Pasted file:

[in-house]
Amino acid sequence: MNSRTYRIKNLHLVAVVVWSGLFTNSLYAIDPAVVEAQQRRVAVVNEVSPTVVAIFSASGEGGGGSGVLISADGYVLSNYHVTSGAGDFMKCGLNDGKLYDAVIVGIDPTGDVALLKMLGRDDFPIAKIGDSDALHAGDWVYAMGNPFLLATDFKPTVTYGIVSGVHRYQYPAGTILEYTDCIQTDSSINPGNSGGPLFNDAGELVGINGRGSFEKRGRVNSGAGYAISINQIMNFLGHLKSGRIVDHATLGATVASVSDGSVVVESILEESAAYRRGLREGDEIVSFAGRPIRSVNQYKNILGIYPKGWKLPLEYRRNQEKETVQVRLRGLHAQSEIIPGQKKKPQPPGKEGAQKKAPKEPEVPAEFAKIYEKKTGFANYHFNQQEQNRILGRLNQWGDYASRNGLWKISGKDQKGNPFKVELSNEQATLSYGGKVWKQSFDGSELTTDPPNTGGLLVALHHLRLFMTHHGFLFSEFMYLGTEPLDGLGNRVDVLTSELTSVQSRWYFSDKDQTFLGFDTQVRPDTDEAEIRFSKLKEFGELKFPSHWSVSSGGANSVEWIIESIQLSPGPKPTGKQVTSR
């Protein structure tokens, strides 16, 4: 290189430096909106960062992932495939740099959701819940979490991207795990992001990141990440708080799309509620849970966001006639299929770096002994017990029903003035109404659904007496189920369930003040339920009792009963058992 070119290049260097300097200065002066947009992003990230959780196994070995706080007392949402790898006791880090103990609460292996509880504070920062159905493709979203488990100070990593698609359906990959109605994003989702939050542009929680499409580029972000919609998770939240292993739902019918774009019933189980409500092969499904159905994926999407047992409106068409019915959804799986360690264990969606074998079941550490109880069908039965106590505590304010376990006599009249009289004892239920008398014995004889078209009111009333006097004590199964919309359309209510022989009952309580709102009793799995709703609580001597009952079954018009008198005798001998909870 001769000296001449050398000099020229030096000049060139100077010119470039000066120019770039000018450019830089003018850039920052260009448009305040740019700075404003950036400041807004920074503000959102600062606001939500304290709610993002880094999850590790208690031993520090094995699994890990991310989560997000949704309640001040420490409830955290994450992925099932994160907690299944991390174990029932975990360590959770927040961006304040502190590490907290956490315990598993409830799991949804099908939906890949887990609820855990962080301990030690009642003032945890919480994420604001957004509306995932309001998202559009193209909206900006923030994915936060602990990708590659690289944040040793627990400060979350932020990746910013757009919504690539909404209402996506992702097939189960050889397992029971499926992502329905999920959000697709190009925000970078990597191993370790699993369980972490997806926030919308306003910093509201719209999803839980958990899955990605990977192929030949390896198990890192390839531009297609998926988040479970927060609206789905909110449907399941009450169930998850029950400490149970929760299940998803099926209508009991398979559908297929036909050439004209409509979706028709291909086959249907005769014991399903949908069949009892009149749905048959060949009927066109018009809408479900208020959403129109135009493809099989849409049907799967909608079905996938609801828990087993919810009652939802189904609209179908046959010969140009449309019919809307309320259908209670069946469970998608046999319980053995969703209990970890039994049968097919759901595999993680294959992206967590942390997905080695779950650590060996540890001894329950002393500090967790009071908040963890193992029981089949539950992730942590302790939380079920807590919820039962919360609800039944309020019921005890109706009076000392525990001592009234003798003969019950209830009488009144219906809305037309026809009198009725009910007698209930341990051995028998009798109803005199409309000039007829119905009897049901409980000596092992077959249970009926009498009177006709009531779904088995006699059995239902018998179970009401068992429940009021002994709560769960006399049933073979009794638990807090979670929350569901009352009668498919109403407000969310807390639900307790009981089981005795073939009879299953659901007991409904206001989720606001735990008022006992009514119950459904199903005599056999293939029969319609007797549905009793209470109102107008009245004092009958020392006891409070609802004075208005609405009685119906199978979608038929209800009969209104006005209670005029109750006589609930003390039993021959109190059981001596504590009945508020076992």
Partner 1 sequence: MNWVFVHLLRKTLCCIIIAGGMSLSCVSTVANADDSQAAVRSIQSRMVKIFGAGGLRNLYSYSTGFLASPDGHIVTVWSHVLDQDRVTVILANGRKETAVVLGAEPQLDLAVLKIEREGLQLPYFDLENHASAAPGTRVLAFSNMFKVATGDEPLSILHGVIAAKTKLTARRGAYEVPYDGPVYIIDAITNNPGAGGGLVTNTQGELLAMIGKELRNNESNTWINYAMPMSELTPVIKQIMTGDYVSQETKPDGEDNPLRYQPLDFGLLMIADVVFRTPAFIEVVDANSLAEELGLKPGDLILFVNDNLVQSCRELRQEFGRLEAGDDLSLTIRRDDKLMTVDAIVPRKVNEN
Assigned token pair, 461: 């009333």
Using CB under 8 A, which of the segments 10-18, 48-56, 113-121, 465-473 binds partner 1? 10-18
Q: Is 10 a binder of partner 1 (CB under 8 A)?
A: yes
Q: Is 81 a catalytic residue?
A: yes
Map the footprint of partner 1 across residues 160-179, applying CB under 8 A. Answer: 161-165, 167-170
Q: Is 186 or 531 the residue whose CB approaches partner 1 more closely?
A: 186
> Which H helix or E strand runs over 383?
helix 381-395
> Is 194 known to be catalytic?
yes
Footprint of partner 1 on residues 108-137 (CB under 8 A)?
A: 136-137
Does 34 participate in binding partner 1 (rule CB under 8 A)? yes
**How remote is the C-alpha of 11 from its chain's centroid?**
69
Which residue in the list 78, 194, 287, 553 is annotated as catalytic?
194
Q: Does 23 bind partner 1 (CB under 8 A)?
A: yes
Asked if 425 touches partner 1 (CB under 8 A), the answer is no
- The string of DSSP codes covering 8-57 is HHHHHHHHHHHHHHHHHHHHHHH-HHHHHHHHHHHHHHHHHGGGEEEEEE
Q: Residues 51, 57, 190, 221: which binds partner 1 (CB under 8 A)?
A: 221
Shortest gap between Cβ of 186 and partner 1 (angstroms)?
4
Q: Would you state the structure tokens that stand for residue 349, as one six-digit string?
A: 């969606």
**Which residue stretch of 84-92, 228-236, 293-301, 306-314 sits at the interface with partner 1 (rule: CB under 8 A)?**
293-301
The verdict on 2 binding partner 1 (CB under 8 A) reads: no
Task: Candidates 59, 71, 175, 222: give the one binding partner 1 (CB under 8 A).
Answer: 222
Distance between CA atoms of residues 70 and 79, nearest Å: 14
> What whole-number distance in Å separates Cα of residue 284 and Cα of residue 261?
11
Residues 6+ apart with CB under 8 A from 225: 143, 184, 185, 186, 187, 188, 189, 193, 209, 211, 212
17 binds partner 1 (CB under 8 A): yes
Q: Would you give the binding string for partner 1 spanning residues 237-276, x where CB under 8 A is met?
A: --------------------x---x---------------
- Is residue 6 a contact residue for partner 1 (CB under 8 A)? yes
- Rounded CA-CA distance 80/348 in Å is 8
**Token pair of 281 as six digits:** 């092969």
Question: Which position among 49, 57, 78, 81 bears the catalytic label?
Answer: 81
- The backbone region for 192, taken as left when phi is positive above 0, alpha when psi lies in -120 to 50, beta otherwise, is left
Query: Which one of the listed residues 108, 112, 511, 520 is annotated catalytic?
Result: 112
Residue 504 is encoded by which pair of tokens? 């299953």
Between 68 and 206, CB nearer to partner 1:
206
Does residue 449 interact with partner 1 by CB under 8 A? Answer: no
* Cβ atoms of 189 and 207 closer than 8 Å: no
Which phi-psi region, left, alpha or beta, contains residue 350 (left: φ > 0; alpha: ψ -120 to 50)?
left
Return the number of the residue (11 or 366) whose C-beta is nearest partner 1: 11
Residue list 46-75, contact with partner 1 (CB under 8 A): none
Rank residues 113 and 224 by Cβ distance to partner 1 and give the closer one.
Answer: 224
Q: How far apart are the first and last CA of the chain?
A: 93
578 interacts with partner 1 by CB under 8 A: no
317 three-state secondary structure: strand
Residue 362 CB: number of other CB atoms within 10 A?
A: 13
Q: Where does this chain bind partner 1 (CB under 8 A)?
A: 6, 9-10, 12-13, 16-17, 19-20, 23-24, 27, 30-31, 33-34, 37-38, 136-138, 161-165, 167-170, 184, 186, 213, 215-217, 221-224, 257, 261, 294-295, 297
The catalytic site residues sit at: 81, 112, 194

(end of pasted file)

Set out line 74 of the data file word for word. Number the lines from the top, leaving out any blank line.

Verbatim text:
The catalytic site residues sit at: 81, 112, 194